Intensely, mournfully, through gathering haze-
Didst thou bear with thee to the shore unknown,
Nought of what lived in that long earnest gaze ?

Hear, hear, and answer me!
“Thy voice-its low, soft, fervent, farewell tone
Thrilled through the tempest of the parting strife,
Like a faint breeze :-oh! from that music flown,
Send back one sound, if love's be quenchless life,

But once, oh! answer me !
“ In the still noontide, in the sunset's hush,
In the dead hour of night, when thought grows deep,
When the heart's phantoms from the darkness rush,

Fearfully beautiful, to strive with sleep

Spirit, then answer me!
“By the remembrance of our blended prayer;
By all our tears, whose mingling made them sweet;
By our last hope, the victor v'er despair ;-
Speak! if our souls in deathless yearnings meet;

Answer me, answer me !
“ The grave is silent :--and the far-off sky,
And the deep midnight-silent all, and lone!
Oh! if thy buried love make no reply,
What voice has earth ?--Hear, pity, speak, mine own!

Answer me, answer me !"

6. “I cannot but imagine the virtuous heroes, legislators, and patriots of every age and country are bending from their elevated seats to witness this contest, as if they were incapable, till it be brought to a favorable issue, of enjoying their eternal repose. Enjoy that repose, illustrious mortals! Your mantle fell when you ascended ; and thousands, inflamed with your spirit, and impatient to tread in your steps, are ready to swear by Him that sitteth upon the throne, and liveth forever and ever, they will protect freedom in her last asylum, and never desert that cause which you sustained by your labors and cemented with your blood. And thou, sole ruler among the children of men, to whom the shields of the earth belong, gird on thy sword, thou most Mighty: go forth with our hosts in the day of battle! Impart, in addition to their hereditary valor, that confidence of success which springs from thy presence! Pour into their hearts the spirit of departed heroes ! Inspire them with thine own; and while led by thy hand, and fighting under thy banners, open thou their eyes to behold in every valley, and in every plain, what the prophet beheld by the same illumination chariots of fire, and horses of fire! Then shall the strong man be as tow, and the maker of it as a spark; and they shall both burn together, and none shall quench them."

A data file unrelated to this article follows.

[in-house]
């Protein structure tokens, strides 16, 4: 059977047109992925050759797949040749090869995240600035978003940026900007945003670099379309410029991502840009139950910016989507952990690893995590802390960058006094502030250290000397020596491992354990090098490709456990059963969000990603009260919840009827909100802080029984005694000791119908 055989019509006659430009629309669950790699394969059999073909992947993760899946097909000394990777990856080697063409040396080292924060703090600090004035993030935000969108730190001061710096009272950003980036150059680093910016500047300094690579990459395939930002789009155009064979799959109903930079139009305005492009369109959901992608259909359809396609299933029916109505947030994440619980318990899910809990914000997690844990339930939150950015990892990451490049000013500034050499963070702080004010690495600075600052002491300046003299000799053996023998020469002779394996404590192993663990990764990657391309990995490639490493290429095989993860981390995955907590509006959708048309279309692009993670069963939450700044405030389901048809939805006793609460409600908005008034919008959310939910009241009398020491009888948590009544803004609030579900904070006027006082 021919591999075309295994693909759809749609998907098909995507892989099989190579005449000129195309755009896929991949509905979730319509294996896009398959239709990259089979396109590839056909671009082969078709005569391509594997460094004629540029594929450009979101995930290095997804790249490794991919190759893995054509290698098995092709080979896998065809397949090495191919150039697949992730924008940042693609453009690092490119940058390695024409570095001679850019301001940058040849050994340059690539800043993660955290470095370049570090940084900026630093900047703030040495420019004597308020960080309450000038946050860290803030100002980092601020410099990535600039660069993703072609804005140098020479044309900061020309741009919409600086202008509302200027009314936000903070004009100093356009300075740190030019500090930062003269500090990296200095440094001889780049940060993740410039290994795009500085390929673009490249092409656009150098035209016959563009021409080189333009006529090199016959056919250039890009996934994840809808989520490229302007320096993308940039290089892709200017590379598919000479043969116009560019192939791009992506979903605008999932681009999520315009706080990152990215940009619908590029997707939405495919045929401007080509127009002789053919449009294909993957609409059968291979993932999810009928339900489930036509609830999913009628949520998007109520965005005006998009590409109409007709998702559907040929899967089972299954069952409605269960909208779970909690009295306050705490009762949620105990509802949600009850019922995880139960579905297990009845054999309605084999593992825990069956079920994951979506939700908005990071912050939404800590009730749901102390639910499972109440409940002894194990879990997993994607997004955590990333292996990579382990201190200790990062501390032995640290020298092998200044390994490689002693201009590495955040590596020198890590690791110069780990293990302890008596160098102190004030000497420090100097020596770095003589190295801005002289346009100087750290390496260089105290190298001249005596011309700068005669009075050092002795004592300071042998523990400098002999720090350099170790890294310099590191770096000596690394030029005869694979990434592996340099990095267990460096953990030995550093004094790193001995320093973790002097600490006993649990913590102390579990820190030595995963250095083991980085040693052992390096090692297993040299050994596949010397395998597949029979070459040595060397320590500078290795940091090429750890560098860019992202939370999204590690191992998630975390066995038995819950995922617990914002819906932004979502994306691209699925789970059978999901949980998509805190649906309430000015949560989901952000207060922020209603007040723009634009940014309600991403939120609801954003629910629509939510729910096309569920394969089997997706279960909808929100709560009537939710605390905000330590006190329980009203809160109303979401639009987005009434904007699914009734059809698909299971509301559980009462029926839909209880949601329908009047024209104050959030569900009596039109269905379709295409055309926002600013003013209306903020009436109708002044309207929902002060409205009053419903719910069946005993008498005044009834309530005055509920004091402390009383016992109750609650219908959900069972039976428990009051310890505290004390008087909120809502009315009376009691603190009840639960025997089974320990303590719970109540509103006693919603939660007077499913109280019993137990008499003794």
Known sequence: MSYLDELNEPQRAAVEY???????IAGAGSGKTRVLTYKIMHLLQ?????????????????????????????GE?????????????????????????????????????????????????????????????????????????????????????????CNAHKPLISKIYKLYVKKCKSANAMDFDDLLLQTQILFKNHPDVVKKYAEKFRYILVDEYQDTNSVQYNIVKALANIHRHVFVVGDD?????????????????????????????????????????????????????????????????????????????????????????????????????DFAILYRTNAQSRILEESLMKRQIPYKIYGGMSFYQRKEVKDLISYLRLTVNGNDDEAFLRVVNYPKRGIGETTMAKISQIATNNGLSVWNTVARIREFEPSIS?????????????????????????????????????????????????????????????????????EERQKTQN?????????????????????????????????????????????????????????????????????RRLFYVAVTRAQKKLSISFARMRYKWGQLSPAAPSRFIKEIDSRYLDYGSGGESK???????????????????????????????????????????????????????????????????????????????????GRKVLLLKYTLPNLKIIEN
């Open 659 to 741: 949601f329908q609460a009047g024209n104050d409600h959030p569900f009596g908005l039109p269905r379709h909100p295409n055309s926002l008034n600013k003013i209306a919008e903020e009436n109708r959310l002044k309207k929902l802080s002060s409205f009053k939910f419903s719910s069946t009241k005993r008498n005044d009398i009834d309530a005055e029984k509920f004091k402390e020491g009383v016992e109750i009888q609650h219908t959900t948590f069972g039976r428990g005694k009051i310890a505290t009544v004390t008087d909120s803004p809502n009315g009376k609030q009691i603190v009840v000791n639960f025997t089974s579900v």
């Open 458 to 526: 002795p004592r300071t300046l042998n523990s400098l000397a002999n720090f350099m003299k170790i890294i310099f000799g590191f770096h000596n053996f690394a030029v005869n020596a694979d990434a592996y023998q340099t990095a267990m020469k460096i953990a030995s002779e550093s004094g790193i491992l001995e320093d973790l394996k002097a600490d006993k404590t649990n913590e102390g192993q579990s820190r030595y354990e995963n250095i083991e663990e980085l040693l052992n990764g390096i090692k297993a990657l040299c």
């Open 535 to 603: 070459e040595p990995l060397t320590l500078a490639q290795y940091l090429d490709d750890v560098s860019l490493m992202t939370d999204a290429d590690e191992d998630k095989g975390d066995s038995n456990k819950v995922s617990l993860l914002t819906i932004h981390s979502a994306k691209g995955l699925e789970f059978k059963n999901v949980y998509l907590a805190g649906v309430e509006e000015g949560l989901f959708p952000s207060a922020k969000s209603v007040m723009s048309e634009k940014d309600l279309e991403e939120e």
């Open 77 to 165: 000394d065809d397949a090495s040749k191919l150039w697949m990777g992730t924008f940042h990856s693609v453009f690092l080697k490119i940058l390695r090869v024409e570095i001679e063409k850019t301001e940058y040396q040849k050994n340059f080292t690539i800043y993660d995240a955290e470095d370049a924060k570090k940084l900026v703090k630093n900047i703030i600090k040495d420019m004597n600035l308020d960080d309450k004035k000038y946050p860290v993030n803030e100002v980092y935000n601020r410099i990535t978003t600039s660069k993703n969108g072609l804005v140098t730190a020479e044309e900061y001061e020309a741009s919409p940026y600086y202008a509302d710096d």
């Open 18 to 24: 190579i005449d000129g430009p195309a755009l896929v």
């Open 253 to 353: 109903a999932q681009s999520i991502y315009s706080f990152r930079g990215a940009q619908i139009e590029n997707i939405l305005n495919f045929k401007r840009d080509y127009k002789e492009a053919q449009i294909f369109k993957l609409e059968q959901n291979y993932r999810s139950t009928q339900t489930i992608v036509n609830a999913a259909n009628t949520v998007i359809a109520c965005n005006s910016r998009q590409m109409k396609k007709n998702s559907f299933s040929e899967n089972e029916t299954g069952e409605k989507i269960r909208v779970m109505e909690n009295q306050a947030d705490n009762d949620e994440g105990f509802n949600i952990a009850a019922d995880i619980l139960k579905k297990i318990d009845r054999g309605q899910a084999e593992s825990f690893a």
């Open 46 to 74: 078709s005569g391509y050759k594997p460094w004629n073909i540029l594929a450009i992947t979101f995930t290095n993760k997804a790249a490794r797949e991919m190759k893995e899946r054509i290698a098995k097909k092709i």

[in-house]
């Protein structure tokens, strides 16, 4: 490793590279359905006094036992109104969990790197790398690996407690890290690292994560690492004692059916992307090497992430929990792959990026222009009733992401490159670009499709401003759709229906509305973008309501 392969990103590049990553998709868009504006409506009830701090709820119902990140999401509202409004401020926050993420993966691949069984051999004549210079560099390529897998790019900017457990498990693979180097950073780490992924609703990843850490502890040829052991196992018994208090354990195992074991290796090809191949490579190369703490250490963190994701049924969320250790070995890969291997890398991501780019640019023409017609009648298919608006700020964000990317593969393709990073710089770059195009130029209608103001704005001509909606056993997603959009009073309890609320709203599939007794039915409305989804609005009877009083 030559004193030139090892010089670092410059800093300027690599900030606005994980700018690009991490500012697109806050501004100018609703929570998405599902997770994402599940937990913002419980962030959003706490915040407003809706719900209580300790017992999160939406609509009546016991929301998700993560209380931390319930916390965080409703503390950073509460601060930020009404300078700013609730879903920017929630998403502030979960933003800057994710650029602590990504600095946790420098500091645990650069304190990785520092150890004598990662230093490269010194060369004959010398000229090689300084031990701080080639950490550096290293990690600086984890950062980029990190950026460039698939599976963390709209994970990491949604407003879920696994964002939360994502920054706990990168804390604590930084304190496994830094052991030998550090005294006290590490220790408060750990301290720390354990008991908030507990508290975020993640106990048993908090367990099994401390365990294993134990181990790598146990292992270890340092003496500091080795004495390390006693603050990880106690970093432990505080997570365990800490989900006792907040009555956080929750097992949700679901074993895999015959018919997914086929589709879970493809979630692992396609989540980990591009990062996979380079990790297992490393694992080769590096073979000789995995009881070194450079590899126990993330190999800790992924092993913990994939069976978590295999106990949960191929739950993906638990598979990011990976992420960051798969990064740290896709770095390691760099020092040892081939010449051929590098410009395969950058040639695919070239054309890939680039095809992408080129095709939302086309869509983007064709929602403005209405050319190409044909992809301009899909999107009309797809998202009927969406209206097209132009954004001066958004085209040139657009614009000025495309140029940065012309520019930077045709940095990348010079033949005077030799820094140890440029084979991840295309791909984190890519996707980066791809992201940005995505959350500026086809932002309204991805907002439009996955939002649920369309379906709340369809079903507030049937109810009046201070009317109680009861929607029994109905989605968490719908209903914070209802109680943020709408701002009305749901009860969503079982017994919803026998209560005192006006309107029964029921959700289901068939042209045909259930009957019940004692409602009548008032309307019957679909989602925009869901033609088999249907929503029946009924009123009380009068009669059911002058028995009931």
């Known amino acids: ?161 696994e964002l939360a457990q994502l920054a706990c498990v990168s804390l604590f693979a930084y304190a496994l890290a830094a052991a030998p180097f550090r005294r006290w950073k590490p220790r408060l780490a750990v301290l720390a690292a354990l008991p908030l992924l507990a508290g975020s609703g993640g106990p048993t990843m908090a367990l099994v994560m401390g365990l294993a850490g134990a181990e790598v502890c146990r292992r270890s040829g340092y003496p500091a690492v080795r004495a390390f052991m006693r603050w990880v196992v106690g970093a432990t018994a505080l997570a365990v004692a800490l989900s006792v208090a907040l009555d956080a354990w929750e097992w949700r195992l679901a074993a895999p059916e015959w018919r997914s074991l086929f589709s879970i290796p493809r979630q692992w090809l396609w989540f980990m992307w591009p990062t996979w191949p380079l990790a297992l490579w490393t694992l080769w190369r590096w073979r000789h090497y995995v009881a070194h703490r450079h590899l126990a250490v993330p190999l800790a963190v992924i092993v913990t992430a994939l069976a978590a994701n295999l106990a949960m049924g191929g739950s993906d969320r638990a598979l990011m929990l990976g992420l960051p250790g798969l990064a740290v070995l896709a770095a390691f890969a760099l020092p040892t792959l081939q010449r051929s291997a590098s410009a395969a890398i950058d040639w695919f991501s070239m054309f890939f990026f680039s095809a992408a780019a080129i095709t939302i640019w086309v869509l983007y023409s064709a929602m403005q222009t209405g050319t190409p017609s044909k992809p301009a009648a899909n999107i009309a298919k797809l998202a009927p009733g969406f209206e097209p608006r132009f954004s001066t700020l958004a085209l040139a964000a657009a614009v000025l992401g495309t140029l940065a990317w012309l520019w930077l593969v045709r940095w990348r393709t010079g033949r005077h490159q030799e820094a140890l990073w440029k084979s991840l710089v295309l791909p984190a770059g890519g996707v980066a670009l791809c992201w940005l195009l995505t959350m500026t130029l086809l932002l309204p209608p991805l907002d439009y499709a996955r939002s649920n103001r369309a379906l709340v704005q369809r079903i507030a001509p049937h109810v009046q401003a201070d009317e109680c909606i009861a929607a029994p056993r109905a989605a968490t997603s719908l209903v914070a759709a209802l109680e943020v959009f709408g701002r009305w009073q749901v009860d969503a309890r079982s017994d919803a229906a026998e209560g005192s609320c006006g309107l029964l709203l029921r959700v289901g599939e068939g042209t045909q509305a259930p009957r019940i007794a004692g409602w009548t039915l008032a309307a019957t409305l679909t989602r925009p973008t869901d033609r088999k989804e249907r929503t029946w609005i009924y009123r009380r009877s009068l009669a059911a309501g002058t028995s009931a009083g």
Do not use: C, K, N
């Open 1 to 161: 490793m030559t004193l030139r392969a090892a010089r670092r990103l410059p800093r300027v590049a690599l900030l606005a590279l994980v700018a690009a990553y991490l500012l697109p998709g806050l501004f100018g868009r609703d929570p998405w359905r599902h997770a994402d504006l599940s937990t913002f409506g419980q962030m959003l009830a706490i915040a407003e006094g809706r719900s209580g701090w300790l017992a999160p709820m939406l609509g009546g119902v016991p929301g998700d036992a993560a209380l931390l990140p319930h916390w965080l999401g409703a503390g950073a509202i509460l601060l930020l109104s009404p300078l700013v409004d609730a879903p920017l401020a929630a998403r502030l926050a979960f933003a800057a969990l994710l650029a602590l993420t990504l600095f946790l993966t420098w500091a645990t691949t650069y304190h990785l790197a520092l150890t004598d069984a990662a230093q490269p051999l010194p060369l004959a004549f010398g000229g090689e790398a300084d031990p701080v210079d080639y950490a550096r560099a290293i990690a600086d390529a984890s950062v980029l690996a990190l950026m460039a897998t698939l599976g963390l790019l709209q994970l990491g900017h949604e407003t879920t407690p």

LESSON LX.

CLIMAX.

1. “The cloud capt towers, the gorgeous palaces,

The solemn temples, the great globe itself,
Yea, all that it inhabits, shall dissolve,
And like the baseless fabric of a vision,
Leave not a wreck behind."

2. “ Can you raise the dead ?

Pursue and overtake the wings of time ?
And bring about again the hours, the days,
The years that made me happy ?"

3. " What language can equal the valor of Pompey? What can be said, either worthy of him, new to you, or which every one has not heard ? For those are not only the virtues of a general which are commonly thought so.